JAPN 3203 - Japanese IIIB: Practical Japanese
North Terrace Campus - Semester 2 - 2015
General Course Information
Course Code JAPN 3203 Course Japanese IIIB: Practical Japanese Coordinating Unit Centre for Asian Studies Term Semester 2 Level Undergraduate Location/s North Terrace Campus Units 3 Contact Up to 3 hours per week Available for Study Abroad and Exchange Y Prerequisites JAPN 3001 or JAPN 3201 Incompatible JAPN 3002 Course Description The course is a complementary course for Japanese IIIB and, in order to facilitate students' progress from the higher elementary to the intermediate level, this course aims to extend students' language skills by using authentic Japanese language sources, including on-line materials. In this course, emphasis is placed on the application of students' language training developed so far, particularly in the areas of vocabulary, grammar and Kanji, to the retrieval of information on a selection of issues and topics. By the end of this course, students will be equipped with the necessary language skills and linguistic knowledge for accessing a variety of websites written in Japanese, using search engines, on-line dictionaries, translation tools and so forth. At the same time, emphasis is also placed on developing students' language skills to be able to scan, skim and critically analyse Japanese language texts available on-line, whilst searching for relevant information. In order to develop students' ability to form and express their own opinions using appropriate register in Japanese, a selection of Japanese texts on issues and topics related to Japan and certain aspects of language, use will be used as discussion materials.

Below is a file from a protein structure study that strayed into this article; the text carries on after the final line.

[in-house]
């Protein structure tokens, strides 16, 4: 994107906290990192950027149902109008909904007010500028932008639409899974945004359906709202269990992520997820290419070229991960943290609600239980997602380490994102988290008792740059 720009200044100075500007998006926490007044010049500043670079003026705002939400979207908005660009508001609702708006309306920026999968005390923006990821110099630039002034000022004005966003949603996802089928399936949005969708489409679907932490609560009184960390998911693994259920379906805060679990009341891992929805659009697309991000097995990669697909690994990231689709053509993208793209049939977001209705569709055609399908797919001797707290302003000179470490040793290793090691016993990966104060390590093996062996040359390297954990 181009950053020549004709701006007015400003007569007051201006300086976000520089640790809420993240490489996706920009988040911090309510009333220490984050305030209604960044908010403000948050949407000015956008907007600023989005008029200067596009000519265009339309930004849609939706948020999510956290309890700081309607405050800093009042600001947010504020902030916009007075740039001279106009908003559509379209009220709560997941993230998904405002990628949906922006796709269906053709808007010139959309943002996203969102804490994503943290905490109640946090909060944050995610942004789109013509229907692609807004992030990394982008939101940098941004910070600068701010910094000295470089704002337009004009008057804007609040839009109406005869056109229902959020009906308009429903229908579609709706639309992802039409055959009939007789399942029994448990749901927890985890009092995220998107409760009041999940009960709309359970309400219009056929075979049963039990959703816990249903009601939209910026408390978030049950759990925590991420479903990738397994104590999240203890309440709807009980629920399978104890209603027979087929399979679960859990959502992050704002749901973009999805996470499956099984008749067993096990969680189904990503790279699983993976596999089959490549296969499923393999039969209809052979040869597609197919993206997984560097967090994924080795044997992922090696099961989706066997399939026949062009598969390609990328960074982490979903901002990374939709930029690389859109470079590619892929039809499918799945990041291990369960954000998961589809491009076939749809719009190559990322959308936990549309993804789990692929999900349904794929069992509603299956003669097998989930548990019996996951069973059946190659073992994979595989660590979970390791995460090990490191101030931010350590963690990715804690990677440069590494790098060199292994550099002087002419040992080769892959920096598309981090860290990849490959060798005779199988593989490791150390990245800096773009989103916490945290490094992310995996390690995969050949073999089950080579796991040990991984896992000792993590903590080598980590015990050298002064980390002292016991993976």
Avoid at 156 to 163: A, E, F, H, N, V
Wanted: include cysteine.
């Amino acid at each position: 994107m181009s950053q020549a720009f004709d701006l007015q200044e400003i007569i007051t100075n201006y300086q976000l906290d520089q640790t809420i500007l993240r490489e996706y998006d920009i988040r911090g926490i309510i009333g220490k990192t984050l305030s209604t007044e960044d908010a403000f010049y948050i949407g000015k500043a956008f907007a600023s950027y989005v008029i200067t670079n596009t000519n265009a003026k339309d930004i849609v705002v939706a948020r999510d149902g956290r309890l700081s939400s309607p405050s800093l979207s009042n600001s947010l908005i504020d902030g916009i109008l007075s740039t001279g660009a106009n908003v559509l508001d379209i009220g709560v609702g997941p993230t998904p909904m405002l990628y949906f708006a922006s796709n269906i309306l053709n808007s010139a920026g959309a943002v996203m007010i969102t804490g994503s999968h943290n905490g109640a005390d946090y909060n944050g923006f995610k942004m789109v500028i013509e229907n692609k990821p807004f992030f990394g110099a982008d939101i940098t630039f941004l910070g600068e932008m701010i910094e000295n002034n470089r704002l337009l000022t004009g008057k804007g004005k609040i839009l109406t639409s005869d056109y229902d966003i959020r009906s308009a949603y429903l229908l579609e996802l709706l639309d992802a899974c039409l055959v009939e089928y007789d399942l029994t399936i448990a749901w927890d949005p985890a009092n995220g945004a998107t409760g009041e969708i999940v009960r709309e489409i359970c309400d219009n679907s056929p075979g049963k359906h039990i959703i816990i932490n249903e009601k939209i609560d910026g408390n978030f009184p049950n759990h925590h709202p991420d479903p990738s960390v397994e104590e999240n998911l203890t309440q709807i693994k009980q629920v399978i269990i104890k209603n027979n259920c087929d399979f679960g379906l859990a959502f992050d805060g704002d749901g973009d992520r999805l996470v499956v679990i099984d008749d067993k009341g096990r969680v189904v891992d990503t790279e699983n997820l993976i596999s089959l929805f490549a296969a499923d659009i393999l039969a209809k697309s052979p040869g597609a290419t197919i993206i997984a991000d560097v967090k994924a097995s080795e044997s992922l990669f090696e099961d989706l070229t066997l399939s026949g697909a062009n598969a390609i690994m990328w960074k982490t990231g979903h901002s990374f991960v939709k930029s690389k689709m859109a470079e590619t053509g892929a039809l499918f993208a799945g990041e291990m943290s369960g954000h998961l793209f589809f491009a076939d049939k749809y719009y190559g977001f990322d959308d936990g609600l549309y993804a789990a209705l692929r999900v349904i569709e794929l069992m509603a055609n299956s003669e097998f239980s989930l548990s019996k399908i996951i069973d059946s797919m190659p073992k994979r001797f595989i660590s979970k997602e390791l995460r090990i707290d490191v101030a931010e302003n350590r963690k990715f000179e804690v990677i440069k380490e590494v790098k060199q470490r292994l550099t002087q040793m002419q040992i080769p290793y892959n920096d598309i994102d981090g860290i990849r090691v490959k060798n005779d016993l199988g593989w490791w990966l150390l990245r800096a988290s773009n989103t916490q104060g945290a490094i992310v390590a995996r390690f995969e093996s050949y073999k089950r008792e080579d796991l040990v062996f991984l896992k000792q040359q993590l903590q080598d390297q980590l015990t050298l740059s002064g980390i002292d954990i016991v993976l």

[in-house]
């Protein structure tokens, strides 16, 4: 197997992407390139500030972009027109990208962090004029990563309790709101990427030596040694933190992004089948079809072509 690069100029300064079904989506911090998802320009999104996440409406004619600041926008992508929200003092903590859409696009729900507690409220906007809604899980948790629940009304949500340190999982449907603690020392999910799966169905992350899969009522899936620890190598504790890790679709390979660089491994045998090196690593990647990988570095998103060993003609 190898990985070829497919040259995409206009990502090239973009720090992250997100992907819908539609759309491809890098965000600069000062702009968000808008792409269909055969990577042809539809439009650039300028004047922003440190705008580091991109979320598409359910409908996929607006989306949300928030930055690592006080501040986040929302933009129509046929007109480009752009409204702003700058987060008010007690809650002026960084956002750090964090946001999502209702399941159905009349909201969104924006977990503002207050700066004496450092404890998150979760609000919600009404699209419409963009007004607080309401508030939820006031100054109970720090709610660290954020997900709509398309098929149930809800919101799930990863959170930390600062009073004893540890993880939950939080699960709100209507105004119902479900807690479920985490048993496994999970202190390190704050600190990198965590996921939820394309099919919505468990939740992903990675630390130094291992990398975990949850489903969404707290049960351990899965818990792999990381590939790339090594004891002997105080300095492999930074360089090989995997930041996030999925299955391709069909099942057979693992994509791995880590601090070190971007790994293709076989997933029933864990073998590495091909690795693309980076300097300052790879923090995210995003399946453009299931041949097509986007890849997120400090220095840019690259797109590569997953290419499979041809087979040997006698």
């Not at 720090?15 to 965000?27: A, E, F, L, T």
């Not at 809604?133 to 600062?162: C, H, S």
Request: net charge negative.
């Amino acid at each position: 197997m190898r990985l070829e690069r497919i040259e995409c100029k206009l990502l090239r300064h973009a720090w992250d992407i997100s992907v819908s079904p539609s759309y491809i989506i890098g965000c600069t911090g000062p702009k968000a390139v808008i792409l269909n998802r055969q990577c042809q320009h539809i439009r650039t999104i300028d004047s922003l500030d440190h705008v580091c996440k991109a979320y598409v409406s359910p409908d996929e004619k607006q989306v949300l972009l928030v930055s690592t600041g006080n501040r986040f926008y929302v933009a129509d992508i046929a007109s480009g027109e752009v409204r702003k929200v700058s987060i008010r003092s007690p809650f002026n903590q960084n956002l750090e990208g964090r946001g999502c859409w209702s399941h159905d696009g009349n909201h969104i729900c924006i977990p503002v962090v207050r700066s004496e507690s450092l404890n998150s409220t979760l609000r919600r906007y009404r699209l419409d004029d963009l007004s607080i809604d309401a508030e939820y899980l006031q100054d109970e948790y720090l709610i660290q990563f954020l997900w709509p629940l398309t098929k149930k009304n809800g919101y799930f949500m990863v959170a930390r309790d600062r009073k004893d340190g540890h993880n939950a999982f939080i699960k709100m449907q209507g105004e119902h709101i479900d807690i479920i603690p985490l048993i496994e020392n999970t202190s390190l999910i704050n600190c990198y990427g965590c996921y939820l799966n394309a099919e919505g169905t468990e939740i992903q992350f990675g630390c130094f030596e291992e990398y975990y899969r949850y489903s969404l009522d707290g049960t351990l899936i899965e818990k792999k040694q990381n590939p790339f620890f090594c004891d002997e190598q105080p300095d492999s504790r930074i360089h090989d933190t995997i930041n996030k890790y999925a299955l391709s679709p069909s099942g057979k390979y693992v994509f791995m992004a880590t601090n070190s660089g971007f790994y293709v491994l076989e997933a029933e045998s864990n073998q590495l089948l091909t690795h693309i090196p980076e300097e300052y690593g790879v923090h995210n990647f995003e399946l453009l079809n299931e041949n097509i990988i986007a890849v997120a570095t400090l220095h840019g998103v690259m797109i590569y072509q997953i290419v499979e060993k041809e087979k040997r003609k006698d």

Course Coordinator: Ms Kayoko Enomoto
The full timetable of all activities for this course can be accessed from Course Planner.
Course Learning OutcomesAt the successful completion of this course, students will be able to:
1 Acquire knowledge and use of Japanese grammar, vocabulary and kanji characters developed at a practical level, including the use of the respect form (keigo) in Japanese. 2 Improve Japanese communication skills and strategies developed at a practical level, including the use of the respect form, in both written and conversational contexts. 3 Develop basic skills to locate, evaluate and use online resources for studying Japanese language independently. 4 Practise time management skills following strict timelines for regular practice and continuous assessments. 5 Develop interpersonal skills to work collaboratively with peers through communication in both Japanese and English. 6 Be more aware of different ways of seeing the world through Japanese language learning. 7 Be more aware of cultural respect, differences and diversity and will have more knowledge and understanding of the issues involving intercultural communication.
University Graduate Attributes
This course will provide students with an opportunity to develop the Graduate Attribute(s) specified below:
University Graduate Attribute Course Learning Outcome(s) Knowledge and understanding of the content and techniques of a chosen discipline at advanced levels that are internationally recognised. 1,2 The ability to locate, analyse, evaluate and synthesise information from a wide variety of sources in a planned and timely manner. 3,4 An ability to apply effective, creative and innovative solutions, both independently and cooperatively, to current and future problems. 2,3,4,5 Skills of a high order in interpersonal understanding, teamwork and communication. 5 A proficiency in the appropriate use of contemporary technologies. 3 A commitment to continuous learning and the capacity to maintain intellectual curiosity throughout life. 3,4 A commitment to the highest standards of professional endeavour and the ability to take a leadership role in the community. 6,7 An awareness of ethical, social and cultural issues within a global context and their importance in the exercise of professional skills and responsibilities. 6,7